At the outset of our third cycle it was clear that communication within the team was key to ensure the tool was effectively used. Because of this, we introduced a simplified communication tool in the form of a poster. This was placed in clinical areas in the relevant ward spaces and was eye catching and easy to understand. We also modified the handover tool to ensure it could be used contemporaneously with a date and time section.
We wanted to extend the use of the tool to over a 5-day period to assess how our tool coped with different clinical teams. To achieve this, we reached out to the nursing lead for ASRU who was keen and supportive of our improvement project. He was able to engage all of his nursing staff with our tool so different clinical teams were aware of the tool and how to use it.
In this cycle we achieved 83% (15/18 forms) of patients having a medical handover completed; however, seven of these forms (40%) were not handed over to the doctor when the patient arrived in the ward. Feedback highlighted that nursing staff were not always aware of the trial and that the communication tool was overlooked, despite being simplified. It was felt that more direct communication, either via email or from one-to-one contact, would be more effective. Another issue highlighted was that even though the tool handed over the need for gentamicin and vancomycin levels it did not have a facility for detailing the exact time for the level to be taken, which in itself could cause confusion.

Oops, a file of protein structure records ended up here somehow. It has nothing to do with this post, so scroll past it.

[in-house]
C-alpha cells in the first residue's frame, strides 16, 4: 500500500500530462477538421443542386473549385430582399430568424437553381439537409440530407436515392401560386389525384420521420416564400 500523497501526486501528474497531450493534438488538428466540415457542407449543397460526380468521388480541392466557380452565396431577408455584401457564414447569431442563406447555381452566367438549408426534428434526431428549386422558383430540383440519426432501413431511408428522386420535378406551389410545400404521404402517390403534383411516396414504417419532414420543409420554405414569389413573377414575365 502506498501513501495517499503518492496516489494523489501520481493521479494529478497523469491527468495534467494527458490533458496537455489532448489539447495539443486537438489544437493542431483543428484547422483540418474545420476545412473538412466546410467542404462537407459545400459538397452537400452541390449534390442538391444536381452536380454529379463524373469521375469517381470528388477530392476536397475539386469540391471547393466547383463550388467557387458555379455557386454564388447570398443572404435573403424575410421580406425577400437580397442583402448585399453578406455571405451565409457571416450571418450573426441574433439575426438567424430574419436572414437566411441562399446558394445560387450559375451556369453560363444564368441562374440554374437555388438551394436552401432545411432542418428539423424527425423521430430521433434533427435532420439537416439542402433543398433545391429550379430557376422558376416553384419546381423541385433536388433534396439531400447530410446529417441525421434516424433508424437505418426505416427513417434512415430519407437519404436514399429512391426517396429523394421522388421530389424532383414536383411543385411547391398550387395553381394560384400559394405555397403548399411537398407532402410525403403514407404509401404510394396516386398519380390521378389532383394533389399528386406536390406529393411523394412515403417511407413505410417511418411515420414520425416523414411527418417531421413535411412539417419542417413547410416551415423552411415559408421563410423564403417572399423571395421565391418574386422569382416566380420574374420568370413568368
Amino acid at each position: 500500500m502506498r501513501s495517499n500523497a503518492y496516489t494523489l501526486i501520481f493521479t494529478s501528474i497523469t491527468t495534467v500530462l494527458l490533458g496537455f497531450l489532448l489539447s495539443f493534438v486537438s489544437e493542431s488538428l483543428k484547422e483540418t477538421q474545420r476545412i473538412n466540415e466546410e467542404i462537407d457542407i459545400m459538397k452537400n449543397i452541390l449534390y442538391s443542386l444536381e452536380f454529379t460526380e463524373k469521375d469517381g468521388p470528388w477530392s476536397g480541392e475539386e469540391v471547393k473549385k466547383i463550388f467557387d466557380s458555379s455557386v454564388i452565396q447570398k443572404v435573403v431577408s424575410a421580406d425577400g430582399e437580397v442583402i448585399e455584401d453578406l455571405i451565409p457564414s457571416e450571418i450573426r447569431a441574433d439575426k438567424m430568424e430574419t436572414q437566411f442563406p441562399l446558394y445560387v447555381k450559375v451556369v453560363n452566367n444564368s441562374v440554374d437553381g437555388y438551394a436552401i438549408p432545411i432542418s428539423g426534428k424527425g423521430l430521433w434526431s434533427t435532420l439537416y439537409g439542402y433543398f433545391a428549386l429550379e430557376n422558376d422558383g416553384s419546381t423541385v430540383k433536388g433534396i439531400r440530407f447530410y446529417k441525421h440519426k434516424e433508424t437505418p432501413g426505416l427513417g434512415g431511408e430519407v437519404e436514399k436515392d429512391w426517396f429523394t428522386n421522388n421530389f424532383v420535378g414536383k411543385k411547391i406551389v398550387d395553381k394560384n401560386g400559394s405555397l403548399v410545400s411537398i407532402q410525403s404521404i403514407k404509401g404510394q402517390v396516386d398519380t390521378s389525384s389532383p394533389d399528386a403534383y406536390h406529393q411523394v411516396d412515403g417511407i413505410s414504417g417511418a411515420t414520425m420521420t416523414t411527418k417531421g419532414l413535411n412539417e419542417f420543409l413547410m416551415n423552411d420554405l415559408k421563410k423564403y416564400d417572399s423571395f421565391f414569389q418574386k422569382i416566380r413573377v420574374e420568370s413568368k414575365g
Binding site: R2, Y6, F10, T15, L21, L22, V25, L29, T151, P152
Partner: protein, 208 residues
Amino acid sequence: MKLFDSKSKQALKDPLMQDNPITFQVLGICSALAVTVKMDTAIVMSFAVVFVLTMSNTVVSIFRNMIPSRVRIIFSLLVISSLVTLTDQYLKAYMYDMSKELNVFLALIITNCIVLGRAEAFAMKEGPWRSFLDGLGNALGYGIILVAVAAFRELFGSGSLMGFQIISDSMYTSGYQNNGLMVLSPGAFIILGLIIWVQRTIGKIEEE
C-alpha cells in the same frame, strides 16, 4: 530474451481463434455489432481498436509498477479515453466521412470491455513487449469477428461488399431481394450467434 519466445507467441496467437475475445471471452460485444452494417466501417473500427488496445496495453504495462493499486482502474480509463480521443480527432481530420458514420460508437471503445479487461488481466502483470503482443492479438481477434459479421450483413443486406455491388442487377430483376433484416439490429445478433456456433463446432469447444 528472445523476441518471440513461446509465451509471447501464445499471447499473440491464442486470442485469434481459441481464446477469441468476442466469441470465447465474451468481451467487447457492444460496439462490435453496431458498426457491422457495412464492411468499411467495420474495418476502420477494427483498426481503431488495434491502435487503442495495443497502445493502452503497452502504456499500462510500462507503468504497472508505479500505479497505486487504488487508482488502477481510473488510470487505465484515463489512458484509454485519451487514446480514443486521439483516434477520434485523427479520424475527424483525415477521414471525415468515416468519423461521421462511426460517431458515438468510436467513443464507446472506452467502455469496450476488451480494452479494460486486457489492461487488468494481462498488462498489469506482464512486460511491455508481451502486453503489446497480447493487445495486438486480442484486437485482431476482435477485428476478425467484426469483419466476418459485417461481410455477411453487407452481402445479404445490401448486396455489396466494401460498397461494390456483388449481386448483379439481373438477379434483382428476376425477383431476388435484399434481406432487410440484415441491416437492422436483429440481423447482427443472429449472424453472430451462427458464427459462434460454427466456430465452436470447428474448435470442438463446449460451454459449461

PDSA cycle 4: 2-week trial (including out of hours) with a focus on direct communication
During this fourth cycle we decided to change our approach to how we communicated our tool. We decided that focus on direct communication with all the staff involved, either via email or one-to-one contact, would be a more effective way to ensure the whole team was engaged. We also edited the tool again with a specific vancomycin and gentamicin level section in which the time it was required could be clearly written.